Engineer Pulls Trigger on 3D-Printed Gun

Beth Stackpole

August 15, 2012

3 Min Read
Engineer Pulls Trigger on 3D-Printed Gun

Michael Guslick, a Wisconsin engineer, has used a 15-year old Stratasys 3D printer and blueprints downloaded from the Internet to produce the lower receiver (also known as a frame) of an AR-15 automatic rifle.

Guslick kept a blog on his 3D printing escapades. He began his experiment by using the 3D printer to fashion a custom-made .22 caliber pistol, which incorporated the 3D printed lower receiver and a commercial upper receiver. Many online gun enthusiasts were skeptical that the 3D printed pistol could work, but Guslick says he has fired 200 rounds in testing -- a triumph that prompted him to push the limits with the AR-15 rifle.


On his blog, Guslick says he'd been using his Stratasys 3D printer to prototype ideas for paintball guns for years. Eventually, he decided to push the technology to explore making functional parts for working firearms. Plastics have been used in firearms for producing things like grips, but they haven't much been tapped for more structural components because of durability and integrity concerns and because, well, there are some pretty serious safety implications if the manufacturing process backfires.

To test the waters for the AR-15 model, Guslick started with someone else's IGES file (from 3D printing and gun enthusiast forums) of a lower receiver and created a 75 percent scale model, which, upon inspection, looked like it was good to go.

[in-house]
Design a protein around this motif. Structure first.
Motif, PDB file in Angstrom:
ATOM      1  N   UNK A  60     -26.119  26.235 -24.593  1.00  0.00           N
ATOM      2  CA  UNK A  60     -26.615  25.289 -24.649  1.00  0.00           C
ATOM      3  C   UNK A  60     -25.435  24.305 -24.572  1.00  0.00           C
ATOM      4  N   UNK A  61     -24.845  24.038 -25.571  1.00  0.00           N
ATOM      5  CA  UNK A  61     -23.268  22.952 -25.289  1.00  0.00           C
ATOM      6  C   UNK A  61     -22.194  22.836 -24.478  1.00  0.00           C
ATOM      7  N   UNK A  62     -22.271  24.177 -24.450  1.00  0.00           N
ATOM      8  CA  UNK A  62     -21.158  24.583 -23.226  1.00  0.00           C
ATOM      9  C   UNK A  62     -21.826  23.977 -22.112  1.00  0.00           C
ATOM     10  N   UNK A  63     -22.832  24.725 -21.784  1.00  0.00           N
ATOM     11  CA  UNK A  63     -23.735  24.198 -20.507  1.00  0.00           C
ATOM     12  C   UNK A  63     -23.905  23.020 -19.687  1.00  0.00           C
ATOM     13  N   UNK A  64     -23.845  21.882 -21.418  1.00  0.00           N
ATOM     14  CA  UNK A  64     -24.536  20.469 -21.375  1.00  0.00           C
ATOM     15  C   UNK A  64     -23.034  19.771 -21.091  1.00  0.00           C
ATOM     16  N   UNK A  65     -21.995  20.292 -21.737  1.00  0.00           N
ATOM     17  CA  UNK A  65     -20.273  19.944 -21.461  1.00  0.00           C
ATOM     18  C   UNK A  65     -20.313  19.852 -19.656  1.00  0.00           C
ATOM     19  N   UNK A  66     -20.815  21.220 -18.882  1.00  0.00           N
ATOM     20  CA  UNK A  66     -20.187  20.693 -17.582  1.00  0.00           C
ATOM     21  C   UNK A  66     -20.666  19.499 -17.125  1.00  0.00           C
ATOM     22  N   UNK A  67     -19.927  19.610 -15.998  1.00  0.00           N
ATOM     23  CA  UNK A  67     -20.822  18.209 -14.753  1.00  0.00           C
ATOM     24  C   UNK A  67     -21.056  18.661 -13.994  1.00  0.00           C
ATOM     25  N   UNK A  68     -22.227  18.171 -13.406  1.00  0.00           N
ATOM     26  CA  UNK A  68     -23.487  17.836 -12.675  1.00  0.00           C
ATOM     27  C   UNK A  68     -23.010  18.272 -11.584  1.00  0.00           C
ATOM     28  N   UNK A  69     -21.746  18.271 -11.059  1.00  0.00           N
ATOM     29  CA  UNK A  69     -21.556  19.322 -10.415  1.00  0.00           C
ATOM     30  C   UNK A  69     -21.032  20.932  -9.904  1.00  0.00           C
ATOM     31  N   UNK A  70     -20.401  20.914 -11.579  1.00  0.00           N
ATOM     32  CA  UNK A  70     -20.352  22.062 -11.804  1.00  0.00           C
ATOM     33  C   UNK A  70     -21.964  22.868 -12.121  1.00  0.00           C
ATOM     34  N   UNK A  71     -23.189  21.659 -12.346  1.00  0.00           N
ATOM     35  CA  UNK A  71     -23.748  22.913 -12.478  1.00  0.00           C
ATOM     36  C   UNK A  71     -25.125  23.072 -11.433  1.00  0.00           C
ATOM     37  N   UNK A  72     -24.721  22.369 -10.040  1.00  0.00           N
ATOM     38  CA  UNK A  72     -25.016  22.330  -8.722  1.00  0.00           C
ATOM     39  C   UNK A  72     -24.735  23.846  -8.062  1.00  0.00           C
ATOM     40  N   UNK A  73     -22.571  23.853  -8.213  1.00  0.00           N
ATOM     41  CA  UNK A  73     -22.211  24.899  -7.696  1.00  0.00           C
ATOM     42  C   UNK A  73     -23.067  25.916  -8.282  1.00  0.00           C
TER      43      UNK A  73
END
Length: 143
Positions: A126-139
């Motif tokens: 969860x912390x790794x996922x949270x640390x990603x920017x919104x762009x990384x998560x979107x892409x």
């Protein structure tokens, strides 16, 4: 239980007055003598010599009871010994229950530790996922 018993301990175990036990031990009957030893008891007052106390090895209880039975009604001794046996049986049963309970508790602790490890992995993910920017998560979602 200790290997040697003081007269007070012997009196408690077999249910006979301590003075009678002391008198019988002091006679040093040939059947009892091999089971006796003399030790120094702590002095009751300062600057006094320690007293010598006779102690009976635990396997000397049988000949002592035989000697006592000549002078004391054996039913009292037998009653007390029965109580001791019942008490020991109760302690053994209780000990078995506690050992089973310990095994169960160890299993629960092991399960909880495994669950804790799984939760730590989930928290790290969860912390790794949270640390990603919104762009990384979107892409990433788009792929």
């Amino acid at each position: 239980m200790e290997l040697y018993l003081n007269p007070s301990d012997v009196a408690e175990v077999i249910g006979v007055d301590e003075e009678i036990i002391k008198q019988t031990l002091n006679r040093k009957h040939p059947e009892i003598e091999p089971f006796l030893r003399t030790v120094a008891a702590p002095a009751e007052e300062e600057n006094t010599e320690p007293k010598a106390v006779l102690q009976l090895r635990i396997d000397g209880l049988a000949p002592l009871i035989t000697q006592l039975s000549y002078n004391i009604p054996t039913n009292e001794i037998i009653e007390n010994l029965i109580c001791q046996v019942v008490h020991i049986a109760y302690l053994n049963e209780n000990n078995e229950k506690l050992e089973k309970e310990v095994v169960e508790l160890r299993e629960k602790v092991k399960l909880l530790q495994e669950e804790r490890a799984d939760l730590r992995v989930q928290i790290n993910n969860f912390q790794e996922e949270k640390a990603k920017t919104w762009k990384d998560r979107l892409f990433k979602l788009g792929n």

From Guslick's blog:

Figuring that my chances with a full scale print were excellent, I decided to modify the model by strengthening two areas that I was slightly concerned about -- the front takedown pin lugs and the bolt hold catch lugs. Adding more material to the model in SolidWorks was pretty straightforward, and I finished it up by adding an integral trigger guard. I switched out the PP3DP filament for some black Bolson ABS -- after all, the "black rifle" would look a bit odd in ivory (more importantly, it's easier to see/photograph detail on dark material). After slicing the STL file, I sent it to the Stratasys and waited a few days (no speed demons, these old machines).

Guslick says his AR-15 was so successful that he uploaded the design to the Thingiverse 3D design sharing site run by Makerbot Industries. That apparently unleashed a firestorm (justified, in my opinion) about whether weapon designs should be allowed on 3D maker sites.

I think the efforts by Guslick (and others) in this area are doing a lot to push the technical boundaries of 3D printing to a place where the technology has a critical and valuable role in driving the so-called personal manufacturing revolution. However, the idea of deploying highly accessible technology to output firearms cheaply -- and without legal sanction -- is pretty frightening, given recent events and all the loopholes that can impede effective gun control.

What are your thoughts on this development? Tell us in the comments section below.

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